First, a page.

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Where is it? | Wines | Accommodation | Tours | Wineries | Other Regions
Where is the Vipava Valley?

The VIPAVA VALLEY is a lush green expanse, with rich soils and moderate rainfall, that straddles the Vipava River on its way to the Adriatic.

Stretching from Nova Gorica out west to Vipava to the east, the Vipava Valley snakes through an area bounded by the Trnovo Plateau to the north and the Karst to the south. The busy freeway linking Italy with Ljubljana runs right through the heart of the valley and you can see a myriad of villages on either side like that line small hills and the level plains.

Ajdovscina and Vipava are the main towns here and the area is perfect for a relaxing getaway as it is relatively free of mass tourism with only a sprinkling of tourists venturing out to the tourist farms and wineries. Not to say the area is bereft of things to do, there is plenty to keep you busy if you wish.

From Nova Gorica visit villages like Crnice, Vrtovin and Brje. Vipavski Kriz is a striking town atop a hill with a church at each end and stunning vistas of the valley. The circle of Vrtovce-Smarje-Gaberje-Planina is a nice drive. Towards the eastern end of the valley are the renowned wine villages of Slap, Goce, Mance and Loze.
We recommend you kick back and enjoy the hospitality and scenery in the Vipava Valley.


A car is really a necessity to travel in the region and the Vinoteka at Vipava is a good place to start.

They have a modern tasting room lined with wines according to their geographical locations/villages around Vipava and the producers within those areas. This will set you up nicely for the day as they can explain everything about the local labels and varieties they produce. You will be an expert before you hit the road!

Pop next door to the information centre where they have maps, information and can call ahead to see which wineries are open for tastings.
Of course let them know Sloveniaforyou sent you!

Also take time to walk around Vipava as it is a little gem of a town with good restaurants set along the sources of the Vipava River.


They also take their wines very seriously here and there are a few villages and producers that hog the limelight. Names like Ivan Batic, Matjaz Lemut – Tilia, Radivoj Lisjak, Valter Mlecnik will feature strongly when you visit, but the region is also made up of hundreds of smaller vineyards where families contribute their produce to the bigger collective, or simply make a few bottles themselves.

Viticulture is, in fact, the main agricultural sector in this fertile valley (60%) and vines cover over 3000 acres of its total area (350 km²). The small, family-based vineyards are mainly concentrated on terraces in the higher areas where the excellent soil allows both white and red varieties to be cultivated as well as a number of rarities to tempt any connoisseur. Wine-making is regarded as a way of life here.


The Vipava Valley wine region has 2566 ha of vineyards with the Vipava Valley Wine Road as one among twenty others in Slovenia. With 30 wine villages, the Upper Vipava Valley Wine Road is one of the biggest of its kind, and is well-marked by the signposts.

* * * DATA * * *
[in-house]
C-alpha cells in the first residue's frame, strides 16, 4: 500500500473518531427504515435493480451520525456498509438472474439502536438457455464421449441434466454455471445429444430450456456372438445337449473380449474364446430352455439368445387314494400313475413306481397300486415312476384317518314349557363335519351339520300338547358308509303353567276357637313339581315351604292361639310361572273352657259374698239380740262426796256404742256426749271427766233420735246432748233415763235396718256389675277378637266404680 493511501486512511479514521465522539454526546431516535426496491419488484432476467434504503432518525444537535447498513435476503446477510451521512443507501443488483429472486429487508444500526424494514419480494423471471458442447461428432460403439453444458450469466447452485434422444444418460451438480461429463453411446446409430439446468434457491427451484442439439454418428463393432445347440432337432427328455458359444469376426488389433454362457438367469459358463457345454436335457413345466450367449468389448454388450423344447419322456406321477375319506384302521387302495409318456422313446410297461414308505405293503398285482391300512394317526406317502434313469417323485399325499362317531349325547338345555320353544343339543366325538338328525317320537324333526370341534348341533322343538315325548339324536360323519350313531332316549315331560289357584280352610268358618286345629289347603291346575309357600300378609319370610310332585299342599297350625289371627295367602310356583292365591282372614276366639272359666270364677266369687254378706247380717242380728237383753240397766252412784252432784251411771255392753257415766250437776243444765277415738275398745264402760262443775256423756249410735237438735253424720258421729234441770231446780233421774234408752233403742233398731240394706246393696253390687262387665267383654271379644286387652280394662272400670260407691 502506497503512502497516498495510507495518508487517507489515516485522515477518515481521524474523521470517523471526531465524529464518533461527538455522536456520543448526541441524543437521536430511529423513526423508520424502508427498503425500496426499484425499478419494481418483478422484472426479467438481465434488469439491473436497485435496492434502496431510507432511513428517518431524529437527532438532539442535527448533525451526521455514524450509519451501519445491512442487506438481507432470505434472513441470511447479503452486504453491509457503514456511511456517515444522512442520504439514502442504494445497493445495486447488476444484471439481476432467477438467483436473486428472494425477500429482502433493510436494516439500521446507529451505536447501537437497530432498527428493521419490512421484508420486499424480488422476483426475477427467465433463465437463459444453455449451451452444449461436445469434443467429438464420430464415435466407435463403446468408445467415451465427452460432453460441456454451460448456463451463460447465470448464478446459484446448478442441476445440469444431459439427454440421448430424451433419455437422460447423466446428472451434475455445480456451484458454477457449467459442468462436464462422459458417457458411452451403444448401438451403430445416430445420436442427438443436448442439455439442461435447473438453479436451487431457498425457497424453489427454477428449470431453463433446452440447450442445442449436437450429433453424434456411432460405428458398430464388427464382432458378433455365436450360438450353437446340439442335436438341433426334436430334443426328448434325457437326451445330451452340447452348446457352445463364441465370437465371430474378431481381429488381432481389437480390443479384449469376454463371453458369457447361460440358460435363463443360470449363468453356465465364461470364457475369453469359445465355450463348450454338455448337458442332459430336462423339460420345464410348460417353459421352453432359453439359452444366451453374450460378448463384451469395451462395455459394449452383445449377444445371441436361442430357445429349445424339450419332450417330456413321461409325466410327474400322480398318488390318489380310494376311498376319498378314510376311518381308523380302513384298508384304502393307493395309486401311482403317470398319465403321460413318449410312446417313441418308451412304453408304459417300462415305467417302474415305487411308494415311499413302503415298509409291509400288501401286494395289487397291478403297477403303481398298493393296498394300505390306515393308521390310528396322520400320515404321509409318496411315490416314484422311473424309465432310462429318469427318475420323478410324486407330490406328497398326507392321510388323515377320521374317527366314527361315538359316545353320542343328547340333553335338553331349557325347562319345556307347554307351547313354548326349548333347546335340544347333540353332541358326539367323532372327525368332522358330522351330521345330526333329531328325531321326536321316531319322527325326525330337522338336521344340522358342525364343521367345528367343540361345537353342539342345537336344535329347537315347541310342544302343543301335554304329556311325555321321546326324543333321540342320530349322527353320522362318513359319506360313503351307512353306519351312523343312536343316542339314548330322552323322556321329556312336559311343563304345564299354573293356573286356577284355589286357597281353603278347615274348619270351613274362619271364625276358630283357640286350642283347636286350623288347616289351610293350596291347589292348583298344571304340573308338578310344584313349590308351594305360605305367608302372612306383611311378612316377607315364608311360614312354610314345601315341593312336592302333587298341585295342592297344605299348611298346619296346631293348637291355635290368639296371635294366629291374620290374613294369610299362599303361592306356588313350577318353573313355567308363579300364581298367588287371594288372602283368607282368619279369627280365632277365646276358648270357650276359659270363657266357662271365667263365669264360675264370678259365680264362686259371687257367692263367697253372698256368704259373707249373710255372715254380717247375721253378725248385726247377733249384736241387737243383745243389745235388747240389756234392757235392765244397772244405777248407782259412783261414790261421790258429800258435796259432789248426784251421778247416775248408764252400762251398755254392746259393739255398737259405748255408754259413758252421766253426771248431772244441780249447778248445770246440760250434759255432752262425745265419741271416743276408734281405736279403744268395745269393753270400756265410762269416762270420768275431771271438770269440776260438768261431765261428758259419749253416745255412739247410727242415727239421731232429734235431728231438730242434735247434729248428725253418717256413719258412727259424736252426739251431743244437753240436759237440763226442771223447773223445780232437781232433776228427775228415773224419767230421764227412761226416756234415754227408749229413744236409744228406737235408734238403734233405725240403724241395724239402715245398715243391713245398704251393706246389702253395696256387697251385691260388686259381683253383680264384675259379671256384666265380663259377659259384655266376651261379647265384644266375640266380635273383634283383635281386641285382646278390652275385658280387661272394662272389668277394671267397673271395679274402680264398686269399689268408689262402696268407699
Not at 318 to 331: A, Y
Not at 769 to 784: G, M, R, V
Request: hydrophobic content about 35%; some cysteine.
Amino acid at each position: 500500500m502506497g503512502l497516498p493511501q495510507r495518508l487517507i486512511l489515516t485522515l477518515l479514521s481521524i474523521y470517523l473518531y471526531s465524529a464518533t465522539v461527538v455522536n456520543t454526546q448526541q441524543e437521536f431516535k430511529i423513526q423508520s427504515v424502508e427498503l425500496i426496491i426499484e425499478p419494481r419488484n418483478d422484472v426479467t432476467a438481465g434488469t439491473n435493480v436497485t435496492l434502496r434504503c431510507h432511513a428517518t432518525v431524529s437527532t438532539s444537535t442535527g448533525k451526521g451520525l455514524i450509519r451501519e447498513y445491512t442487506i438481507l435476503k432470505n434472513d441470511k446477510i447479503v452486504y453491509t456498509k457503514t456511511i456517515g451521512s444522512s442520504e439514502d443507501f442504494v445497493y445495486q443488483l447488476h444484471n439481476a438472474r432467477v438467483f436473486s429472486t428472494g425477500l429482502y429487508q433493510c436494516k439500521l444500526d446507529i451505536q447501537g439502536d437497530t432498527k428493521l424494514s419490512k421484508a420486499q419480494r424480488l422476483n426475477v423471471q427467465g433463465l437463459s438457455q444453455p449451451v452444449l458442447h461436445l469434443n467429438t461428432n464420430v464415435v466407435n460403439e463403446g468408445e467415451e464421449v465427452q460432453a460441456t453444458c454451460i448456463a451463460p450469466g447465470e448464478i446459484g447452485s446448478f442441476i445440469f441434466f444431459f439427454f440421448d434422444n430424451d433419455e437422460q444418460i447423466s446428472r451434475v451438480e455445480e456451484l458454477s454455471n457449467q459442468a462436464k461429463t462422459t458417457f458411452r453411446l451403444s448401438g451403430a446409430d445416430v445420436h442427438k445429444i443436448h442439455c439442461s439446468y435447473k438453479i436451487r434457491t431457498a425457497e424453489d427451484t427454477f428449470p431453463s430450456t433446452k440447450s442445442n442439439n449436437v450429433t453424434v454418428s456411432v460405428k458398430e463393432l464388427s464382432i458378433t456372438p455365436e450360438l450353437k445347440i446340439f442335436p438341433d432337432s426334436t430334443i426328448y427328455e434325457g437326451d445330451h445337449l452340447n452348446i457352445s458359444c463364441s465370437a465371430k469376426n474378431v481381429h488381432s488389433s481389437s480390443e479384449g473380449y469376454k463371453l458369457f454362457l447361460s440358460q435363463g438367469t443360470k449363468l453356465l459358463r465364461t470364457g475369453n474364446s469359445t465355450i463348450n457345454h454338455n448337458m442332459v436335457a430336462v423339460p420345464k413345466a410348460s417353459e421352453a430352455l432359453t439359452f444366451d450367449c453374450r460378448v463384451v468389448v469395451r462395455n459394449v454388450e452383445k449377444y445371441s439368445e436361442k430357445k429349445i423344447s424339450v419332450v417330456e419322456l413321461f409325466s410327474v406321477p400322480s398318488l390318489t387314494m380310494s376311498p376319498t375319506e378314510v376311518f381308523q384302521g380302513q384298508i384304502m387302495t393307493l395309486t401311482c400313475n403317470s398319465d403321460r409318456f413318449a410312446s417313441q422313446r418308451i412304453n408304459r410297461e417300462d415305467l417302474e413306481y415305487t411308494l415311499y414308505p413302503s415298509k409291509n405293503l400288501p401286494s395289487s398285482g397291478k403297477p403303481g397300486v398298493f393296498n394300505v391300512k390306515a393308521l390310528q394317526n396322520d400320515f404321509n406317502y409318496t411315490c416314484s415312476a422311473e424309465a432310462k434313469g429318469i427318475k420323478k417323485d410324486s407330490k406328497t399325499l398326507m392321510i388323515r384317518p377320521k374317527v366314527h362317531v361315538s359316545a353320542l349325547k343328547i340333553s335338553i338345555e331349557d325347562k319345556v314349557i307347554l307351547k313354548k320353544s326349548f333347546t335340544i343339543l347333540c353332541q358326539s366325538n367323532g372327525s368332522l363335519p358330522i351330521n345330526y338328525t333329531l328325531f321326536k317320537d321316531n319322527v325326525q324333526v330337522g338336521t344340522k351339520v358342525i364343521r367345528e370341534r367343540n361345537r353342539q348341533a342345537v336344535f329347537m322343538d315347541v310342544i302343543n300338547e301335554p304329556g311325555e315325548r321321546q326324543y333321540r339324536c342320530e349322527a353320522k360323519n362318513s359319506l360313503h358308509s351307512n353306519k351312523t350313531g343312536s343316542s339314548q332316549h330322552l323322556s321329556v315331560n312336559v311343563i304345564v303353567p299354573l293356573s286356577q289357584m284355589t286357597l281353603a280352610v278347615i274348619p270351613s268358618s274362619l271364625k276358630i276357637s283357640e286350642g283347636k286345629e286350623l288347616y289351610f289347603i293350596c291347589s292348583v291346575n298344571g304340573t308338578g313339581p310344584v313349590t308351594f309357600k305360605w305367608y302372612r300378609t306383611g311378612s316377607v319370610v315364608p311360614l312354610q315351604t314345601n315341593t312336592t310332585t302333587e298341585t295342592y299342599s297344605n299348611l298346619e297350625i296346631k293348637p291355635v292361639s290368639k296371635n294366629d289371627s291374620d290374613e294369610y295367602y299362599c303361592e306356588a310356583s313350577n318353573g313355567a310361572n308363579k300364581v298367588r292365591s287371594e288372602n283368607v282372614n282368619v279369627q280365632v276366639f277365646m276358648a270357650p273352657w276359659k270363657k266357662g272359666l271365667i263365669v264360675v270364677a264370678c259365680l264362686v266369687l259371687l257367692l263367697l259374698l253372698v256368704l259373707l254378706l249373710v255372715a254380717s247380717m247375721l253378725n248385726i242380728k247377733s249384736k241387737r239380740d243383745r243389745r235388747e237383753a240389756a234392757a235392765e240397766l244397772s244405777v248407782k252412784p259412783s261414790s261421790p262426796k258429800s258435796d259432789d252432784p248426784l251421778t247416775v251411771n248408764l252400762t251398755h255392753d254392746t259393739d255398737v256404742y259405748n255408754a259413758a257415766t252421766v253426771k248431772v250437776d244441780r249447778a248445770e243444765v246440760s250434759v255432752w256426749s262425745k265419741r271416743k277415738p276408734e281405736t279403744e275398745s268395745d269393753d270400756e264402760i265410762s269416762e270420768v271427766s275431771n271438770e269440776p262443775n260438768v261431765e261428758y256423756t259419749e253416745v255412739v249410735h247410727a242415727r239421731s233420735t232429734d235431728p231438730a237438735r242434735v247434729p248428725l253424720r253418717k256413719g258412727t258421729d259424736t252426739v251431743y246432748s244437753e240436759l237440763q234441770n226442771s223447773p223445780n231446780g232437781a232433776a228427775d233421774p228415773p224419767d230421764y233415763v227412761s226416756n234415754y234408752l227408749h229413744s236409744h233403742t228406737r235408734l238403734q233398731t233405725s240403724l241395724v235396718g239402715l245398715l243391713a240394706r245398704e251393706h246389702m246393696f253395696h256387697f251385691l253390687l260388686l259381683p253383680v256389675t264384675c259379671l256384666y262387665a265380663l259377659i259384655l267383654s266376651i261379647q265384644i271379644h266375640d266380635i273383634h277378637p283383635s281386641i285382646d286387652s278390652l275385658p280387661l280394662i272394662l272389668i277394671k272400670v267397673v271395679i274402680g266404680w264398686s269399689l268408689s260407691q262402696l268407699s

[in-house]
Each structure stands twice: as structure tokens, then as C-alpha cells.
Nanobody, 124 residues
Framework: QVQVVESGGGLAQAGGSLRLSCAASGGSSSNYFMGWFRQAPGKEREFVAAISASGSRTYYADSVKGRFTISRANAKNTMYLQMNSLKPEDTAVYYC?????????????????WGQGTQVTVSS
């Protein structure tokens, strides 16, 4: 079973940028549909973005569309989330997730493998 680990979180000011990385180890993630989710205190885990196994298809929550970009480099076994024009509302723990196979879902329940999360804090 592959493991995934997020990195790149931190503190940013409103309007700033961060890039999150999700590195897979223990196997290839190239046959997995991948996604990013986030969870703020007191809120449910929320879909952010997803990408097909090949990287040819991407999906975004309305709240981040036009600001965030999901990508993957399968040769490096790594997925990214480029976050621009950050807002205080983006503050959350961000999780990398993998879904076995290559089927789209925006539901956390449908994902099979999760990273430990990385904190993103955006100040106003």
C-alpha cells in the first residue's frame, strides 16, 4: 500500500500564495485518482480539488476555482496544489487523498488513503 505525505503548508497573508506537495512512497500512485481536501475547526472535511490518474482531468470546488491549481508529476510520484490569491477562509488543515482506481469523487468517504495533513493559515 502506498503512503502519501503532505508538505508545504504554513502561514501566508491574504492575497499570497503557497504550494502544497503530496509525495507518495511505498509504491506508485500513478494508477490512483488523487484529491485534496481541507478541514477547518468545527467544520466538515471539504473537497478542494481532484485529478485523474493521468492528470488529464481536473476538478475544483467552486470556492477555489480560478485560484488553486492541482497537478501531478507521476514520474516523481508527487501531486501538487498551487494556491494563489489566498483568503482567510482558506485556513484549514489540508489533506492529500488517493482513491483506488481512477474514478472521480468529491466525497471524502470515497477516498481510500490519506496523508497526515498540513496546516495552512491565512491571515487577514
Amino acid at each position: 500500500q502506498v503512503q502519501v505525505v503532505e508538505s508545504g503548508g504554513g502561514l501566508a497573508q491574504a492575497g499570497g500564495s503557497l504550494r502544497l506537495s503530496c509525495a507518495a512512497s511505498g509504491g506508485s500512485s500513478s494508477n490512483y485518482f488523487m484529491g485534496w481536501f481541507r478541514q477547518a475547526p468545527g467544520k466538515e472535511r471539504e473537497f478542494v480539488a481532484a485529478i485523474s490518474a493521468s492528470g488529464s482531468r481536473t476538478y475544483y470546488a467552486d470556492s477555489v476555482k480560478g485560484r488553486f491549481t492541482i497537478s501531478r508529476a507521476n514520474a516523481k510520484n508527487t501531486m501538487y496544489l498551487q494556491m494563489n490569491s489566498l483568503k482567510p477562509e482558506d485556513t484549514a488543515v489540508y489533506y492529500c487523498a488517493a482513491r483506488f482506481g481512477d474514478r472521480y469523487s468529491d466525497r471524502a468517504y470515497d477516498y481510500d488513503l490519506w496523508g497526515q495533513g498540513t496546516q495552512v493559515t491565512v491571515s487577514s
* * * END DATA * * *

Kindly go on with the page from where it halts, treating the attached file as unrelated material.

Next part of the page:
Only an hour away from Ljubljana, visitors to the tourist farms, wine cellars and osmice can enjoy tasting home-made and locally produced food and wine. Of course, each visitor is welcome to visit the natural and cultural sights, walk along well-marked paths, attend interesting festivals, buy a souvenir or two, get fit by taking part in various sporting activities, or simply relax!

When visiting these villages you will meet local people working in their vineyards, fields and cellars all year round. The spirit and forward thinking of the locals will warm every visitor’s soul. Slovenians are never short on an opinion so are usually happy to chat. But be prepared to slow down, this is not city life! :)


Set out along the walking path through the villages of the Upper Vipava Valley where Matija Vertovec (1784 – 1851) once worked and lived. The excursion is organized every first Sunday after St. Martin’s Sunday and begins at an old oak in the village of Ustje near Ajdovščina. The tour takes four to five hours of walking. However, you can also go by yourself along this well-marked path. Let yourself enjoy the adventure of walking along the road and tasting a glass of good wine, while chatting with friendly local people. (Look at map )


This traditional excursion is organized every last Sunday in February and lasts about three to four hours. The path goes through vineyards, passing the renowned Zemono Manor, Old Vipava Castle, along the gorge of Bela torrent and the famous Bela climbing wall, rising high above the village Vrhpolje and returning back through vineyards to the starting point. Members of The Turistično društvo Vrhpolje organize visits to the cellar and tastings of their wines. Finally, it is also possible to buy open and closed wine bottles along the road.


From Ljubljana, you take the main freeway towards Koper and the coast. After Postojna, take the turnoff on your right at Razdrto towards Italy and Nova Gorica.

As you make the descent you will see the Vipava Valley at the bottom, you have arrived! Vipava and Ajdovscina are on your right with many wineries situated on the left. From Italy you arrive on the same freeway coming from Venice through Nova Gorica.